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US attorney general Jeff Sessions due to face Democrats’ Russia questions next week

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U.S. Attorney General Jeff Sessions is due to testify before a congressional committee next week, three sources familiar with the matter said on Monday, offering Democrats a chance to question him about his past statements on President Donald Trump’s campaign exchanges with Russian intermediaries.

Sessions’ testimony before the House Judiciary Committee, which has not been publicly announced, was confirmed by a Justice Department spokesman and two congressional aides.

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The hearing, tentatively scheduled for Nov. 14, is part of the committee’s regular oversight of the Justice Department, but Russia appears almost certain to be a topic.

Senate Democrats last week demanded that Sessions be recalled to testify on the Trump campaign’s Russia contacts after the disclosure of an effort to set up a meeting between then-Republican candidate Trump and Russian President Vladimir Putin.

That, they said, conflicted with Sessions’ earlier statements to Congress.

The effort to set up a Trump-Putin meeting – which never took place – was disclosed in court documents filed by Special Counsel Robert Mueller, who is investigating Russia’s role in the 2016 presidential election and whether there was collusion between Trump aides and the Kremlin.

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According to the documents, George Papadopoulos, a Trump campaign adviser, said at a March 31, 2016, meeting of Trump foreign policy advisers “that he had connections that could help arrange a meeting between then-candidate Trump and President Putin.”

Both Sessions and Trump attended that meeting, according to a photo posted on Trump’s Instagram account.

Democrats want to question Sessions because, in October, he told the Senate Judiciary Committee that a continuing exchange between the Trump campaign and Russian government intermediaries “did not happen, at least not to my knowledge and not with me.”

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J.D. Gordon, a former Trump campaign foreign policy adviser who was at the March 2016 meeting, told Reuters that Papadopoulos indeed “made a pitch for meeting with Putin.”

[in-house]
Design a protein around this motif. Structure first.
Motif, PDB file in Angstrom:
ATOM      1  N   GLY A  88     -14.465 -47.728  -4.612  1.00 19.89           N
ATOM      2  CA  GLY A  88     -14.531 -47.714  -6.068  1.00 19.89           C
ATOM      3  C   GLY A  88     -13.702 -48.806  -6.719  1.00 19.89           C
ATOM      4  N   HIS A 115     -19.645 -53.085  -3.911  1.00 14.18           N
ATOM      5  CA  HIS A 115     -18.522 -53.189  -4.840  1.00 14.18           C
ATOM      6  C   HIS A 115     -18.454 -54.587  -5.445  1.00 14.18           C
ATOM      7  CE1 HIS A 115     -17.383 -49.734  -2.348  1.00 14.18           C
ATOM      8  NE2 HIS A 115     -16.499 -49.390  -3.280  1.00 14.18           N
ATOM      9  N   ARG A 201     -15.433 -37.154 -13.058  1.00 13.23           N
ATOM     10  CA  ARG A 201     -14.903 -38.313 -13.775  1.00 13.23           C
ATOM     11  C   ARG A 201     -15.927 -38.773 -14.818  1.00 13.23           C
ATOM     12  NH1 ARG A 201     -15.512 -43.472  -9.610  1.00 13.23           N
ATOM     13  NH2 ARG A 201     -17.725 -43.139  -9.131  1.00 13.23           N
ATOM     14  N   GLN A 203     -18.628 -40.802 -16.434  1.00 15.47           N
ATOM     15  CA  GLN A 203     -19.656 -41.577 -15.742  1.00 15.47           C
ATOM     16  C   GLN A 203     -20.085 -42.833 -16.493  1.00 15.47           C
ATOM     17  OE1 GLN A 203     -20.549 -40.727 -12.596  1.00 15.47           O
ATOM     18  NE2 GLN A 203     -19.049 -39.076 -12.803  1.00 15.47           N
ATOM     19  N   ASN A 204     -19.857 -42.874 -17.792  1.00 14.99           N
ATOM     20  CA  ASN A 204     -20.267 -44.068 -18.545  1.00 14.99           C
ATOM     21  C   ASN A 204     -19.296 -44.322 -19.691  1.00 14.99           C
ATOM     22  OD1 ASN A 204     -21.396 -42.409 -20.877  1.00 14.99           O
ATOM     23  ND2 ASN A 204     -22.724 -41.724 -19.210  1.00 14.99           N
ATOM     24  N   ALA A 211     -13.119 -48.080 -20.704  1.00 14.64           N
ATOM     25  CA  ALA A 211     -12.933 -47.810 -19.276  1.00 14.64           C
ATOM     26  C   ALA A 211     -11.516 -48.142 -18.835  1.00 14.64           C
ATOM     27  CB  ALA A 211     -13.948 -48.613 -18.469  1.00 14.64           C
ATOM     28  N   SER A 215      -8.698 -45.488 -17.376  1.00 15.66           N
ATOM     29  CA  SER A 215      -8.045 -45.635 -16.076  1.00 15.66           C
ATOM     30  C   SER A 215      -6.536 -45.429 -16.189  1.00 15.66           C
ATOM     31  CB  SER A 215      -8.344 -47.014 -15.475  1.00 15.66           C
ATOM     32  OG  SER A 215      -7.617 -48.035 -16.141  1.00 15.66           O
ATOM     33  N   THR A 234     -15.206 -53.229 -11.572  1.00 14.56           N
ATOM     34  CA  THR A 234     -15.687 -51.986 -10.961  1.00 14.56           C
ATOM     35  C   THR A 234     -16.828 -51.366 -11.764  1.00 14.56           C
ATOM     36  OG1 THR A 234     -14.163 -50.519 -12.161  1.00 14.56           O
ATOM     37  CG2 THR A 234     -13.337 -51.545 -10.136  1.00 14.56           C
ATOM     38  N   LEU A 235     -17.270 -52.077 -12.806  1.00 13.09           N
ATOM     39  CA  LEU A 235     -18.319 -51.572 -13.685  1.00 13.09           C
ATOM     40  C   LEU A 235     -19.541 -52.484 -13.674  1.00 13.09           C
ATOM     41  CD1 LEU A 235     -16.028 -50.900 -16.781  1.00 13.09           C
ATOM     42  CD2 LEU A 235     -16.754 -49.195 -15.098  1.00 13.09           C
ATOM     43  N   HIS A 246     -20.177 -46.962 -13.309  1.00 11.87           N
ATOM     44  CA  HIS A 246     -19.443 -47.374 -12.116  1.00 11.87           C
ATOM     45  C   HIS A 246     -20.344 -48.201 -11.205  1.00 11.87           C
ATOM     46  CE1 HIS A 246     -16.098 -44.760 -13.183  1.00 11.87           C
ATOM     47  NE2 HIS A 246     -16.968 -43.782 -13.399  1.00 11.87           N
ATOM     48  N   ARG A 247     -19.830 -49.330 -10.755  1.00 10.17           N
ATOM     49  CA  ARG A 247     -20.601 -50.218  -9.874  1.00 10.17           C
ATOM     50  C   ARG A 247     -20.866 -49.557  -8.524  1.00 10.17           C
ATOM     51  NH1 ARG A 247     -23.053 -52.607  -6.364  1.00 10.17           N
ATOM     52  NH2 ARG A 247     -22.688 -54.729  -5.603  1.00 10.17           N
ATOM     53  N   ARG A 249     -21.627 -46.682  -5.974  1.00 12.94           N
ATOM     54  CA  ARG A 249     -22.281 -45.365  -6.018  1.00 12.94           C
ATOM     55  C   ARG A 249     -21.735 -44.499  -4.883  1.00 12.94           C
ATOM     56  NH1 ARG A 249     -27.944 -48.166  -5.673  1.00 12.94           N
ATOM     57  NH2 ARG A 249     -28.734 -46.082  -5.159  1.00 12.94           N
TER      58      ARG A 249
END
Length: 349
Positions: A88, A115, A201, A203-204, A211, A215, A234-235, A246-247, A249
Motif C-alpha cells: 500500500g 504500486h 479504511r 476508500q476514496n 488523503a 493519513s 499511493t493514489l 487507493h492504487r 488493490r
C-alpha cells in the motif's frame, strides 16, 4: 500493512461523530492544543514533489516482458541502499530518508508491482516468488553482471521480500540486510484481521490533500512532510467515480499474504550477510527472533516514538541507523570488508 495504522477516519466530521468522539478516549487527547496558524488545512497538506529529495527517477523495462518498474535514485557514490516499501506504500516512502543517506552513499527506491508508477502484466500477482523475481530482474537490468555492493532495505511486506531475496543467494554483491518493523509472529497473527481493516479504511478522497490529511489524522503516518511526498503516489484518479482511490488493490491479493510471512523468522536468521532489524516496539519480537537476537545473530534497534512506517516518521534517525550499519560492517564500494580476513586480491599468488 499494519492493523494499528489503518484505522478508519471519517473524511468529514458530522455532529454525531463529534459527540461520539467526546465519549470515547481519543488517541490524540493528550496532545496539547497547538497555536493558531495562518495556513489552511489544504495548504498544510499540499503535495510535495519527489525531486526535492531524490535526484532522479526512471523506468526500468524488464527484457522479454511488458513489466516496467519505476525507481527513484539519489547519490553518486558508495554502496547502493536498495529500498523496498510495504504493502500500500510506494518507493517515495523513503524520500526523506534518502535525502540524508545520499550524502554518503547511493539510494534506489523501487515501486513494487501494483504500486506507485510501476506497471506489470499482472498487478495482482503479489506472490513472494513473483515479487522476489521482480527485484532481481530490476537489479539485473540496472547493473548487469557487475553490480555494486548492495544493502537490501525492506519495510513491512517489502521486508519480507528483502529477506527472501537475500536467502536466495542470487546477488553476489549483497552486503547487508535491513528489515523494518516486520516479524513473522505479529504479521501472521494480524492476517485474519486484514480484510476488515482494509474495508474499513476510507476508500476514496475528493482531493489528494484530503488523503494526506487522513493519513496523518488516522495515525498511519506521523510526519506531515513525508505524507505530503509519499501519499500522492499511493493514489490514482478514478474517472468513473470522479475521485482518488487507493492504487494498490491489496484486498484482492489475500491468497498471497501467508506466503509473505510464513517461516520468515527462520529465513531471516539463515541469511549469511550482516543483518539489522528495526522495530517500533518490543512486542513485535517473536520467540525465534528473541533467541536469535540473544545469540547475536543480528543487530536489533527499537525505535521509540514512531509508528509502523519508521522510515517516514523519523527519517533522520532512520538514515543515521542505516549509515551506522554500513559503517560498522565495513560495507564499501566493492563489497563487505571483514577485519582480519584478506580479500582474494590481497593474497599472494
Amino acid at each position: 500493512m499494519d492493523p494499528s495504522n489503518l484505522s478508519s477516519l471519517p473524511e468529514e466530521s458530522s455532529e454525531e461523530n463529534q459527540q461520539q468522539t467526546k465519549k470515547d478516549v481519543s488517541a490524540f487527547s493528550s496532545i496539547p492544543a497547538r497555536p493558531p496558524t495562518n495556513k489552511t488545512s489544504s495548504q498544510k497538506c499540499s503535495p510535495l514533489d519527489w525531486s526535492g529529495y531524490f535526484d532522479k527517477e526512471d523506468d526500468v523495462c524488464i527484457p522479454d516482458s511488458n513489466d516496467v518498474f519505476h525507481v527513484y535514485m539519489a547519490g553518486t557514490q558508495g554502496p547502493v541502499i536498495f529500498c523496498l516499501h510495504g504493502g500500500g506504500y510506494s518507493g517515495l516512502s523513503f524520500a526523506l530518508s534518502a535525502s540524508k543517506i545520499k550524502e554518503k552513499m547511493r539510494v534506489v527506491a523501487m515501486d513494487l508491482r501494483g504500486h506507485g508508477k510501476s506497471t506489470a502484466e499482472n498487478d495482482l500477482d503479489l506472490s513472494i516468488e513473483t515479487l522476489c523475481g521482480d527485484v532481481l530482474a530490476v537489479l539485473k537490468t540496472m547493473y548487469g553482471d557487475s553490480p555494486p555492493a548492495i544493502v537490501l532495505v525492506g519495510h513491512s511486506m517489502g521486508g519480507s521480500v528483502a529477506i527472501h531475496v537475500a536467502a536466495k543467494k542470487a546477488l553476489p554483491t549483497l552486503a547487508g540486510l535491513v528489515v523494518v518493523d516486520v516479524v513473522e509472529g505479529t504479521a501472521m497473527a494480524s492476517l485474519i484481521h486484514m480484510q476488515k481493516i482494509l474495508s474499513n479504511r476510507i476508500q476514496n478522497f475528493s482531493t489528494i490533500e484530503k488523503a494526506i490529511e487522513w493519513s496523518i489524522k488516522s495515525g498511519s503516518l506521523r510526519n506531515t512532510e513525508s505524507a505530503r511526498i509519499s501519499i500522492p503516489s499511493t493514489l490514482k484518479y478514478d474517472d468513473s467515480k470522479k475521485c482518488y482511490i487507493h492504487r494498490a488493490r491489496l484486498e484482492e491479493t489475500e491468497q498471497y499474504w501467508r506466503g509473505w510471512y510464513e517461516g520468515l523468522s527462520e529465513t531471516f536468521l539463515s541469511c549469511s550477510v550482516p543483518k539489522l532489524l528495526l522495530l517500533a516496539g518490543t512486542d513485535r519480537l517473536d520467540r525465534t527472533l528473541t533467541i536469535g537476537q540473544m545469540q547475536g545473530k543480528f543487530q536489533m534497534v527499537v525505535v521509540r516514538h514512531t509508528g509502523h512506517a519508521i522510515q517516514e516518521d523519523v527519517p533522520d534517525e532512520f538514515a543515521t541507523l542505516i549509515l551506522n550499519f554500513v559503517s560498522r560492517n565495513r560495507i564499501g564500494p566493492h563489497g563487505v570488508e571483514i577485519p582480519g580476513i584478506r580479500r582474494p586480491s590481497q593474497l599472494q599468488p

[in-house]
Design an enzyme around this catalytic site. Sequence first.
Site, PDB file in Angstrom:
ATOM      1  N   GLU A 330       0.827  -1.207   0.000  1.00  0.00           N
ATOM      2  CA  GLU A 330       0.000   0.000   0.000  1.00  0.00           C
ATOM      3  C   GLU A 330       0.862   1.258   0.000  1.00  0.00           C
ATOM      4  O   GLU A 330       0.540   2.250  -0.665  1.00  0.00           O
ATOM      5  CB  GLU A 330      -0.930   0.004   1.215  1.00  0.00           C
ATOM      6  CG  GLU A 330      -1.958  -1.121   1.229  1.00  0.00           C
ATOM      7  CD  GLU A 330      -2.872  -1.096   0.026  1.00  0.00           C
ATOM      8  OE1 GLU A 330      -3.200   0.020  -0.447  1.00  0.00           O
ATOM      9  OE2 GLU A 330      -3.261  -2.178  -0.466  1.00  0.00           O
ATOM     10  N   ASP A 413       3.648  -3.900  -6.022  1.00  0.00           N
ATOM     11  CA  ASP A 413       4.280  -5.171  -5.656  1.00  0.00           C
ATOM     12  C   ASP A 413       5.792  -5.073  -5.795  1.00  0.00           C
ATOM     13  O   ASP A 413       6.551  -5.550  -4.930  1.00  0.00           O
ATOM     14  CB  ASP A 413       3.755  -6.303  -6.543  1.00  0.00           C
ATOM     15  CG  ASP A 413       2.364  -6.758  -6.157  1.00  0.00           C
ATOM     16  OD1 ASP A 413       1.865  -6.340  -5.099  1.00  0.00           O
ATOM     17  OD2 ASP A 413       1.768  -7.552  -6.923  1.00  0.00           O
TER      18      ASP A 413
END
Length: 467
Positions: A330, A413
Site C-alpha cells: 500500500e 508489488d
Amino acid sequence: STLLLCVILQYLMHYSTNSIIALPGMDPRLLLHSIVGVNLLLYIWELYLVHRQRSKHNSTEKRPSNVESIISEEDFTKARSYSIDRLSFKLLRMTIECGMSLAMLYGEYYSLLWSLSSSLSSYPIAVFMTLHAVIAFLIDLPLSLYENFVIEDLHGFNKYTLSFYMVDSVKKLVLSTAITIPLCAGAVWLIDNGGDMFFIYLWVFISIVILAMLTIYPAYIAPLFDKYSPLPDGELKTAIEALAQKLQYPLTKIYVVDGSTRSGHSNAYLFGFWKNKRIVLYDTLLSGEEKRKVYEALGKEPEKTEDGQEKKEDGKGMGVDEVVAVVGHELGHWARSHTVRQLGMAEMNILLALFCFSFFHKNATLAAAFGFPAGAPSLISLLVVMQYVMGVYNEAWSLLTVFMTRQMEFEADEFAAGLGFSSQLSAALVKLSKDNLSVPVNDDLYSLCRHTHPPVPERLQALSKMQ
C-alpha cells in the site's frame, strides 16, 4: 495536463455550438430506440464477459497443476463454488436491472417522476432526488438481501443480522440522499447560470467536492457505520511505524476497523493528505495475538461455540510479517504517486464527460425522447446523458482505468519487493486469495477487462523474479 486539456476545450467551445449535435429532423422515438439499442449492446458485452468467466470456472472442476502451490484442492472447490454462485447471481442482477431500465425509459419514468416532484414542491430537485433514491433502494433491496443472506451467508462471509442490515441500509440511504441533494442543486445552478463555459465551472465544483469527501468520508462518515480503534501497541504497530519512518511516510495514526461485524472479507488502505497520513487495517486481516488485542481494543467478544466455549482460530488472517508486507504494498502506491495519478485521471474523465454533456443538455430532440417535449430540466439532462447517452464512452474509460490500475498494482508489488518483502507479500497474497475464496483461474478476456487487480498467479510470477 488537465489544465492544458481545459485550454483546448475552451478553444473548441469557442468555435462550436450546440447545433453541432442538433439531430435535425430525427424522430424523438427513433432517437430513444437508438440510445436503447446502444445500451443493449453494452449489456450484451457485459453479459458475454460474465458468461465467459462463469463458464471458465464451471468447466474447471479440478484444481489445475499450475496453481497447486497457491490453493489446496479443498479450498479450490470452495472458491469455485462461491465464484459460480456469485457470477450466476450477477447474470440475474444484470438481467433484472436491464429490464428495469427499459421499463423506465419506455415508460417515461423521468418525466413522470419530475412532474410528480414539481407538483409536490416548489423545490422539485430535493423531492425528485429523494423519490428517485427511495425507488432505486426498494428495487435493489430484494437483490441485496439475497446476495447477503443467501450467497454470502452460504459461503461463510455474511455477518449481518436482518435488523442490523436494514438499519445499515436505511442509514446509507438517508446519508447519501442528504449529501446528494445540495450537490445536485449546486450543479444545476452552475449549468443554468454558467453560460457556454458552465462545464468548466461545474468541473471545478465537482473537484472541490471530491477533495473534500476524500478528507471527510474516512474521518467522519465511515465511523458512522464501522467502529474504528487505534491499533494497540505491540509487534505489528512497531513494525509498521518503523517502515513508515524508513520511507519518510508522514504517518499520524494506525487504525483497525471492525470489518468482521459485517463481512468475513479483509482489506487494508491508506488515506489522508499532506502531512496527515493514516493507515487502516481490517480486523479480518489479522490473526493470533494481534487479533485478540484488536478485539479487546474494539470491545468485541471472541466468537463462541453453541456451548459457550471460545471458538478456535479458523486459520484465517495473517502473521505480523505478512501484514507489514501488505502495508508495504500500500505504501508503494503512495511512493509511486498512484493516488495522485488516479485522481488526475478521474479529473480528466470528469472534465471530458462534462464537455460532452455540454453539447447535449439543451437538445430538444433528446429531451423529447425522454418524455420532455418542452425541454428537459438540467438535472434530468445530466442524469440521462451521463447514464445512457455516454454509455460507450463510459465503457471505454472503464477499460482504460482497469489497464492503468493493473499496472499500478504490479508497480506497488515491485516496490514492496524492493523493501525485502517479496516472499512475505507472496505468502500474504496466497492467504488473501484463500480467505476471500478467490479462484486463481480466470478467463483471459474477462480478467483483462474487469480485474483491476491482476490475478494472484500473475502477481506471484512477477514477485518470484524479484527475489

But Sessions shot the idea down, Gordon said. “Yes, within minutes. He was quite clear. We thought that was the end of it.”

Papadopoulos continued trying to arrange contacts between the Trump campaign and Russia, the court filings say.

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(Additional reporting by Jonathan Landay; Editing by Mary Milliken)


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WATCH: Woman tells Dr. Phil she is Putin’s lover — and is helping Russia and Trump rule the world

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Television psychologist Dr. Phil McGraw welcomed a woman and her family on his show Monday that believes that she's in a relationship with Russia President Vladimir Putin and is helping him and President Donald Trump solve world issues.

A concerned family joined the show saying that their mother, Jennifer, doesn't care about them because she believes she's doing the work of "the Lord" to save the world with Putin and Trump.

While Trump has denied that he and Putin work together on running the United States and other global concerns, but many of Trump's supporters believe otherwise. MSNBC ran a special on the Q-Anon conspiracy theorists Monday, many of whom believe their site is the only factual news site and reports from any other outlet are lies.

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‘When will someone go to jail?’: New report shows Google secretly storing health data of millions of Americans

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According to The Wall Street Journal, neither patients nor doctors have been notified of the data collection and storage.

A "bombshell" new report from The Wall Street Journal describes a secret project from Google and healthcare giant Ascension to store data on millions of Americans, a move that critics of the tech conglomerate decried as another example of overreach.

"When will someone go to jail?" wondered mathematician and musician David C. Lowery. "That would stop this shit real fast."

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John Bolton lawyer tells judge his interests do not align with WH chief of staff Mick Mulvaney

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Former National Security Advisor John Bolton told a federal judge on Monday that his interests do not align with those of acting White House chief of staff Mick Mulvaney.

"A long-simmering feud within the White House broke into the open on Monday as a lawyer for John R. Bolton, President Trump’s former national security adviser, filed a motion trying to keep Mick Mulvaney, the president’s acting chief of staff, from joining a lawsuit over impeachment testimony," New York Times chief White House correspondent Peter Baker reported Monday.

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